Customers at Owensboro Karen Restaurant, 7046 Kentucky 56 in downtown Sorgho, sometimes ask Tee Moo if she is Karen.
Well, she is — and she isn’t.
It’s not her name.
But Tee Moo and her sister, Hser Wah, the restaurant’s chef, are Karen — pronounced “Kuh-REN”.
They’re part of an ethnic group from Myanmar, which they prefer to call by its original name — Burma.
On June 12, Hser Wah finally achieved her American dream of opening her own restaurant.
Long-time Daviess County residents remember the location as Red’s Place “The Fish House of the South.”
Thomas “Red” and Katherine Saltsman operated the restaurant in a former grocery store from 1964 until Red Saltsman’s death in 2005.
The family continued operating the restaurant until December 2006.
Several other restaurants have been there since.
Tee Moo said operating a new restaurant in a pandemic “is really hard.”
“We had a lot of people when we opened,” she said. “But it’s slowed. People say it’s too far from Owensboro. But it’s 10 or 15 minutes.”
Hser Wah selected the location because the rent is much cheaper than anything they could find in town, her sister said.
Tee Moo handles the dining room and her sister handles the kitchen.
They are the only employees.
The restaurant is open seven days a week from 10:30 a.m. to 7 p.m.
“On weekends, our brother and sister come out to help,” Tee Moo said.
They family left Myanmar 20 years ago to escape persecution, she said.
They spent the next decade in a refugee camp in Thailand.
And in 2010, they made their way to Owensboro.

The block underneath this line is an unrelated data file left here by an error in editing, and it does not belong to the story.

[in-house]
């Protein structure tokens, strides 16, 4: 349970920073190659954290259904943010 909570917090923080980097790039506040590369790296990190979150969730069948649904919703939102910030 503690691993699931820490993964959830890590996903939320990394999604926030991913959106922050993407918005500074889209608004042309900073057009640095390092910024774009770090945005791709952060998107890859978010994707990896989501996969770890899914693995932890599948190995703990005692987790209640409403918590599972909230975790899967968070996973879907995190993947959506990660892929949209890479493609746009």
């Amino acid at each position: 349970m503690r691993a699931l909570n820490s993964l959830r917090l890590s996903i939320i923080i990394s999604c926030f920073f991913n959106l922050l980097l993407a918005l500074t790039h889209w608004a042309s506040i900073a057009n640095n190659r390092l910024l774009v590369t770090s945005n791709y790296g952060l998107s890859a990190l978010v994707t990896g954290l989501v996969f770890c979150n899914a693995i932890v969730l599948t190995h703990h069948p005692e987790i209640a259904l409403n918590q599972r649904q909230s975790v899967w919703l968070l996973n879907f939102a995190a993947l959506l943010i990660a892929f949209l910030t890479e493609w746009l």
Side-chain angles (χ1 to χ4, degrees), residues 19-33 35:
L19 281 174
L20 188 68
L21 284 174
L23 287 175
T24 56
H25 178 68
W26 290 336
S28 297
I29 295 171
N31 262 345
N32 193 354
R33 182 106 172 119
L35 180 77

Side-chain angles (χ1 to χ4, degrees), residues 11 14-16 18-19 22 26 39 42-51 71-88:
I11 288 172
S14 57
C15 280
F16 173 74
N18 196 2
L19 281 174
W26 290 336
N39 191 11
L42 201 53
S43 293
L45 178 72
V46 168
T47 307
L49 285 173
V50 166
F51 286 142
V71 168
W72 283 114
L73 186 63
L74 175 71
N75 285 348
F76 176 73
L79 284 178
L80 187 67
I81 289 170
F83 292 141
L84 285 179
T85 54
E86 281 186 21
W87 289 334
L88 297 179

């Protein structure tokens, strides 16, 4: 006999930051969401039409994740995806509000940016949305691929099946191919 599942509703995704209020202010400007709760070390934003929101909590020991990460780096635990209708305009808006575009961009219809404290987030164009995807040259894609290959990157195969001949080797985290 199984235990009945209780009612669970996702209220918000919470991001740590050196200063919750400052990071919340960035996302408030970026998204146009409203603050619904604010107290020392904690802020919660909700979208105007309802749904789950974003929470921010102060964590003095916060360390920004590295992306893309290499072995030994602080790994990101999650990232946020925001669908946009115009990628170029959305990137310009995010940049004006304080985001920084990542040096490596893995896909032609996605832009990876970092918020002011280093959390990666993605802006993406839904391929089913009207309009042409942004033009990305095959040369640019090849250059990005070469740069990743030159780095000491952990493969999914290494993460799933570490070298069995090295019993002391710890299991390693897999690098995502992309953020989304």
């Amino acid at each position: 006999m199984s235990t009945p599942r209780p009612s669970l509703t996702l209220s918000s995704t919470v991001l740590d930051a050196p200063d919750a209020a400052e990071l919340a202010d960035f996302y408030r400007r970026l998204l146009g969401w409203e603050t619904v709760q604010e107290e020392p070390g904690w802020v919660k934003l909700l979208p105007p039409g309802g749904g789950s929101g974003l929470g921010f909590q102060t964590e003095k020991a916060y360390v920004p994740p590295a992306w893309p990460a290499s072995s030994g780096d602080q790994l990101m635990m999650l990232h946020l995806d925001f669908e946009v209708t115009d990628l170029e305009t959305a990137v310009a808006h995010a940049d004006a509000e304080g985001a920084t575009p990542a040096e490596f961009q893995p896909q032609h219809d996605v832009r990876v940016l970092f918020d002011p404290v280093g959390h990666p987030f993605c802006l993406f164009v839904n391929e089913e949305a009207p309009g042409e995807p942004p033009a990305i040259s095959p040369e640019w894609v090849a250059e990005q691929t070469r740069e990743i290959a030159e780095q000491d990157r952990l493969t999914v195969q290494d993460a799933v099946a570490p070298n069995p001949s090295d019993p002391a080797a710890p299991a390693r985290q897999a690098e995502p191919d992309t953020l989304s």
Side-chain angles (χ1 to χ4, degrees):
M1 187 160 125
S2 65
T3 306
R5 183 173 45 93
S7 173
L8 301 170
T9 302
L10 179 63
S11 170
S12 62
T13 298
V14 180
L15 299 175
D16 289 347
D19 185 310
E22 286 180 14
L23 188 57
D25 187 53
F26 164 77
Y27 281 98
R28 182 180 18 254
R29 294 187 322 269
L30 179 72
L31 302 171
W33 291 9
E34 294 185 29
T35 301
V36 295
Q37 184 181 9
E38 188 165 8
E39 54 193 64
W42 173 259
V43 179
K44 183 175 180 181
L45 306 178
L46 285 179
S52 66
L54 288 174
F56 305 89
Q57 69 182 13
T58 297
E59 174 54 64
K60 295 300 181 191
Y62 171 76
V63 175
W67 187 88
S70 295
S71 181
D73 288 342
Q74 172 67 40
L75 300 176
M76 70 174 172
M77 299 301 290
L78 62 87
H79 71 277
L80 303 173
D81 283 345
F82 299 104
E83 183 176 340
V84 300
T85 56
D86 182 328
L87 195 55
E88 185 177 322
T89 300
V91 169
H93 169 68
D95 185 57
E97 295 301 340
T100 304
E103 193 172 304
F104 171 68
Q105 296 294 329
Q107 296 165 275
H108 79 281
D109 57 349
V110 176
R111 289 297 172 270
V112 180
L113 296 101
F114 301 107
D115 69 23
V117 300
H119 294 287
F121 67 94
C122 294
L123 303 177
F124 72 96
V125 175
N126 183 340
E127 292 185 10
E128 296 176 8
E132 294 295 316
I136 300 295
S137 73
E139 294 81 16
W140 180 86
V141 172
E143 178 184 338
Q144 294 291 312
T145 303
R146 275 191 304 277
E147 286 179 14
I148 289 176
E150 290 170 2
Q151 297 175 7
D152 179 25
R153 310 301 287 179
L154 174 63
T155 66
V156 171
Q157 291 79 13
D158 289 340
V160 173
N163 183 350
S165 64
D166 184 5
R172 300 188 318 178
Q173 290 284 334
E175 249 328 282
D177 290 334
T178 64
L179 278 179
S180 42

Tee Moo was 17.
Back then, she said, “There were only three or four other Burmese families here. Today, there are nearly 1,000 Burmese.”
When her family arrived in Owensboro, she said, “I didn’t speak English. I had learned to read and write it some. But I couldn’t speak it.”
Tee Moo said she speaks Burmese, Thai and English today.
Burma has many languages, but only one culture, she said.
“English is the hardest to learn,” Tee Moo said.
She enrolled at Owensboro High School and began learning the language and the culture.
“The biggest difference, other than the language, for us was the culture and the weather,” Tee Moo said. “We had never seen snow.”
The restaurant features both Thai and Burmese cooking.
Tee Moo said curry is the most popular dish along with Pho rice and tea leaf salad.
“Most people who come here have eaten Thai,” she said. “If they haven’t, I ask what they like — noodles, rice, salad. Tea leaf salad is Burmese.”
Many of the dishes are spicy, but Hser Wah can adjust the heat level for those who prefer mild dishes.
Keith Lawrence, 270-691-7301. email@example.com